• Evaluate the impact of accounting methods in a transaction. Tax risk related to an acquired business's method of accounting is often identified by the buyer either as part of the due diligence process or subsequent to a transaction. The seller can accelerate an unfavorable adjustment resulting from a change in method of accounting into the pre-acquisition tax year by making an eligible acquisition transaction election. In addition to simplifying the transaction, the election also opens a new planning opportunity for businesses with net operating losses (NOLs) that will be limited following the transaction. Unfavorable adjustments in the pre-acquisition year can be offset by NOLs that would otherwise be limited, potentially creating additional tax basis for the buyer.
  • Conform to financial accounting method changes (or not). Many assume that financial accounting methods are proper for tax and, when the financial accounting methods change, that the tax accounting method may change as well. Neither of these assumptions is necessarily true. Taxpayers must obtain permission to follow a new book method for tax purposes. Further, the new book method may not be an appropriate tax method, or may be disadvantageous, and a book/tax difference may be the end result of a book method change. In either situation, it is important to be aware of any financial accounting method changes, including those that are not disclosed in audited financial statements, and to consider what tax filings are appropriate. For companies that follow GAAP, the new revenue recognition standard, which will be adopted in 2018 for public companies and 2019 for private companies, may result in changes that require the filing of an accounting method change application. Businesses should begin to determine how this new book standard will impact them from both a book and tax perspective.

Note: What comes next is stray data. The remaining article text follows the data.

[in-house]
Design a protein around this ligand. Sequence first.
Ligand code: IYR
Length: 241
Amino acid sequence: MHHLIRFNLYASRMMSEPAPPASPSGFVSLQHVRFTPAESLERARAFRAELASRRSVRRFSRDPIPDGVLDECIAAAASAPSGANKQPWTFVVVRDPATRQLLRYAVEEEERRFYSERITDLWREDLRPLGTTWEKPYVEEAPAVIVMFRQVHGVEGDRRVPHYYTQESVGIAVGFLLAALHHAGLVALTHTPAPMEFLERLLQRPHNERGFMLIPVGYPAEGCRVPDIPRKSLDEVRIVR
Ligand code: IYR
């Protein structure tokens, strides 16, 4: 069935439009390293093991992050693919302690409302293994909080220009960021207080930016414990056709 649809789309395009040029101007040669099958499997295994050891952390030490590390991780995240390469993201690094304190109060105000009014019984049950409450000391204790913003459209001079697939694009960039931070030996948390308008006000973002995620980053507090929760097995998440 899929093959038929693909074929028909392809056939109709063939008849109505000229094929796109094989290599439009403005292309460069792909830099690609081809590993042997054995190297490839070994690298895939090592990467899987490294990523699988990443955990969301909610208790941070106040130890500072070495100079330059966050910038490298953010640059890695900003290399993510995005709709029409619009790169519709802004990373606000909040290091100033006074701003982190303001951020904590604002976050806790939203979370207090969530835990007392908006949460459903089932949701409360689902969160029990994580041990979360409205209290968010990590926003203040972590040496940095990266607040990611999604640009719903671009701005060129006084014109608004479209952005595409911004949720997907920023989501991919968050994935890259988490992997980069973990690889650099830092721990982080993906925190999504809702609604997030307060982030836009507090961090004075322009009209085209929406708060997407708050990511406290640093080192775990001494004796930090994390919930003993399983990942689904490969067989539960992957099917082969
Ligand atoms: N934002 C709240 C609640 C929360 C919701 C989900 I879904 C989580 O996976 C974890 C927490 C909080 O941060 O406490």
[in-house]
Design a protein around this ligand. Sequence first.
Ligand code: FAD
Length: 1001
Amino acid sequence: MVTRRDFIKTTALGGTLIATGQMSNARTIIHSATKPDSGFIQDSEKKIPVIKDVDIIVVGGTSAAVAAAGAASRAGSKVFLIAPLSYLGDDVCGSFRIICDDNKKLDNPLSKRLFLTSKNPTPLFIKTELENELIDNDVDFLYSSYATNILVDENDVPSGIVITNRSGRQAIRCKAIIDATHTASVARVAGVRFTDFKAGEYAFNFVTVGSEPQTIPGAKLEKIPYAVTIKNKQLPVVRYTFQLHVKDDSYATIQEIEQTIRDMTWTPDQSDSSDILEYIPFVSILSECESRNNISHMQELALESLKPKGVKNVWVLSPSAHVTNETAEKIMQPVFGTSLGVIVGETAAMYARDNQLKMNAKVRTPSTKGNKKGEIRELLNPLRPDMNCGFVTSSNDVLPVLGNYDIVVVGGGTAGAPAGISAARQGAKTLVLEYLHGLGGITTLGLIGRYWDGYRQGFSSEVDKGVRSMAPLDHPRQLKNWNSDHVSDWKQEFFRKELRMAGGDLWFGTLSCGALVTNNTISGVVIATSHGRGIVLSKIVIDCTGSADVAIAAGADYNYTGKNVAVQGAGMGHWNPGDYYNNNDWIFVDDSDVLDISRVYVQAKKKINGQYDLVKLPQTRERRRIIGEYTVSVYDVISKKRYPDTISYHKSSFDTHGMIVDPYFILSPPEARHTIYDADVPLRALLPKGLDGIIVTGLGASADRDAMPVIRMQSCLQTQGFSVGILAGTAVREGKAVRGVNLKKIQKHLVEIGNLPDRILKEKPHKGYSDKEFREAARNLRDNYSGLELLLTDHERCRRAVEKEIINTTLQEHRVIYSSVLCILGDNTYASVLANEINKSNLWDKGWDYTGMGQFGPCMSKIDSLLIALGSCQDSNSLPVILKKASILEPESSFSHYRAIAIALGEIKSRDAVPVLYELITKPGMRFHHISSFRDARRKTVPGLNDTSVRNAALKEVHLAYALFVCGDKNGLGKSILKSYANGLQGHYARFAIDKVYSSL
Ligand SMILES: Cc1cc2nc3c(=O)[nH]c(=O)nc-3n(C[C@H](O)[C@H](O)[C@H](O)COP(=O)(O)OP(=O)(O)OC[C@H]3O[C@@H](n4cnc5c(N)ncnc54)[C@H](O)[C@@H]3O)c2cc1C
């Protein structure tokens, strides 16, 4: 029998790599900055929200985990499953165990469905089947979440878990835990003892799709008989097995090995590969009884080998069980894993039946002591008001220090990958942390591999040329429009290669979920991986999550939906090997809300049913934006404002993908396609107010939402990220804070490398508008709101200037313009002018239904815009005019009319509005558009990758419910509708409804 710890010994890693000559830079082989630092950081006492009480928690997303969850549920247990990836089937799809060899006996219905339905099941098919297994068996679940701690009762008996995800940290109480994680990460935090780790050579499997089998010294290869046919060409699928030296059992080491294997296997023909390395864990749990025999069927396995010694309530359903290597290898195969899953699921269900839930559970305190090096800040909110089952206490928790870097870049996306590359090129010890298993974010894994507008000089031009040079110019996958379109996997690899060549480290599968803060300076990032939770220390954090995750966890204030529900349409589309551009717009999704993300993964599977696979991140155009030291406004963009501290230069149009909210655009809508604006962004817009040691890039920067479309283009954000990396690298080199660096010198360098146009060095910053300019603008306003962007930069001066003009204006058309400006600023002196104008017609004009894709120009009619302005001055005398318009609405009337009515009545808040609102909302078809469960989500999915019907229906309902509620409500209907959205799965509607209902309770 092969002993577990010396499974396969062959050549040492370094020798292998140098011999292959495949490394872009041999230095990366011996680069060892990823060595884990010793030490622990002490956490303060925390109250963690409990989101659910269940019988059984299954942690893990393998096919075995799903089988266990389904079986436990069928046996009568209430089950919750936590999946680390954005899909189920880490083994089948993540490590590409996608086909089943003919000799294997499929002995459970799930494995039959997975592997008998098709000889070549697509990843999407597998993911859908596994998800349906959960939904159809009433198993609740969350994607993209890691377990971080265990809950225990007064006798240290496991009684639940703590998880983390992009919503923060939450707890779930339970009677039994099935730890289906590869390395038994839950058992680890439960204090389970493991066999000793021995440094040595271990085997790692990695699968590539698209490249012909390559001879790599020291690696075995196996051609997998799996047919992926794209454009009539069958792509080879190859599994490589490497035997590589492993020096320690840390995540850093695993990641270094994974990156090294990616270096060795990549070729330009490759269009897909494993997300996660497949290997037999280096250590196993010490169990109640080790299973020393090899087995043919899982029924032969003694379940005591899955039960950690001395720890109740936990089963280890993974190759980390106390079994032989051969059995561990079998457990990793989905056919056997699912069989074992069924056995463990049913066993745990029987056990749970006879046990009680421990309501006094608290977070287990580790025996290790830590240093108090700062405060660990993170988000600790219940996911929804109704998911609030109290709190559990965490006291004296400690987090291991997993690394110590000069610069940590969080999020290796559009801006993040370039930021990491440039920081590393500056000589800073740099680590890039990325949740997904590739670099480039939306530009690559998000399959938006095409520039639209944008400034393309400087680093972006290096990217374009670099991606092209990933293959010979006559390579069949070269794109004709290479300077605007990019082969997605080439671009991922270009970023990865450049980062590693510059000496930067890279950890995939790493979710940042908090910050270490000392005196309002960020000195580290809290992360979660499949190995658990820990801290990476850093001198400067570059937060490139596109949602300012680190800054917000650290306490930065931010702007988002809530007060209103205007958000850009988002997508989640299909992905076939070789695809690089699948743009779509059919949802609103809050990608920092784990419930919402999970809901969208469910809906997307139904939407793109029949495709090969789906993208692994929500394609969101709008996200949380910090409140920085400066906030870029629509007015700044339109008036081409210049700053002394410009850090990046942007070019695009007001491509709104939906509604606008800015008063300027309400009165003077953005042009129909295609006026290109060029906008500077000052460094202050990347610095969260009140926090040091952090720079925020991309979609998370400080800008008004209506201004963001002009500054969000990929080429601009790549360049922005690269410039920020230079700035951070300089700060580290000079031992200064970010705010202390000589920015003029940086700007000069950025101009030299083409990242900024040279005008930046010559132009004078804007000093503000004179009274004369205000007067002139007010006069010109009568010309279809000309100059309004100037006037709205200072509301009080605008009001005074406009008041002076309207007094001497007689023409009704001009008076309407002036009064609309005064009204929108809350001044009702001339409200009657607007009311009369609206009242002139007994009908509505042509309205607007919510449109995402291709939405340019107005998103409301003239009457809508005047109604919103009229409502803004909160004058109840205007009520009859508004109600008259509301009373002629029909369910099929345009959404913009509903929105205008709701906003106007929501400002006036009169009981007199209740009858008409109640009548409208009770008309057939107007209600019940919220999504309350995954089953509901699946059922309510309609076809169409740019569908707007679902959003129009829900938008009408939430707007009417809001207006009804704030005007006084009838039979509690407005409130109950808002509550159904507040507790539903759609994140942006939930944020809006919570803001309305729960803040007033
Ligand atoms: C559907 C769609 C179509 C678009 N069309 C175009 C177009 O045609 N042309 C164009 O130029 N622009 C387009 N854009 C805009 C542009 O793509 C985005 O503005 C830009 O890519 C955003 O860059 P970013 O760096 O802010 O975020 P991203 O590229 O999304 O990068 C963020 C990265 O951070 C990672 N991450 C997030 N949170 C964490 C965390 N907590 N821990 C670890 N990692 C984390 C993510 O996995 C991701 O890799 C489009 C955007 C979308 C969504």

• Identify original issue discount. Often, original issue discount (OID) arises in connection with loans between family members and their closely-held businesses because interest is not paid at least annually or the ability to defer payments exists. Treasury Regulations require that the interest on OID loans be accounted for on a constant yield accrual method. Because the treatment of OID is an accounting method, erroneous treatment is corrected through a method change with a catch-up adjustment to bring current the accrued interest. Where loans have remained outstanding for an extended period, the interest accrual may be substantial and the failure to accrue interest income may present significant exposure to the lenders. This exposure can be cured by filing an accounting method change application with IRS before the taxpayer is contacted for examination.
  • Consider methods of accounting for foreign subsidiaries. U.S. multinationals must use U.S. tax accounting methods to compute the income or loss of their foreign subsidiaries. Maximizing tax accounting methods for foreign subsidiaries tends to be overlooked because companies tend to use book financial statement results. Consider using accounting methods to adjust the foreign subsidiary’s earnings and profits in order to realize tax benefits such as increasing foreign tax credit utilization, minimizing an income inclusion from actual or deemed dividends.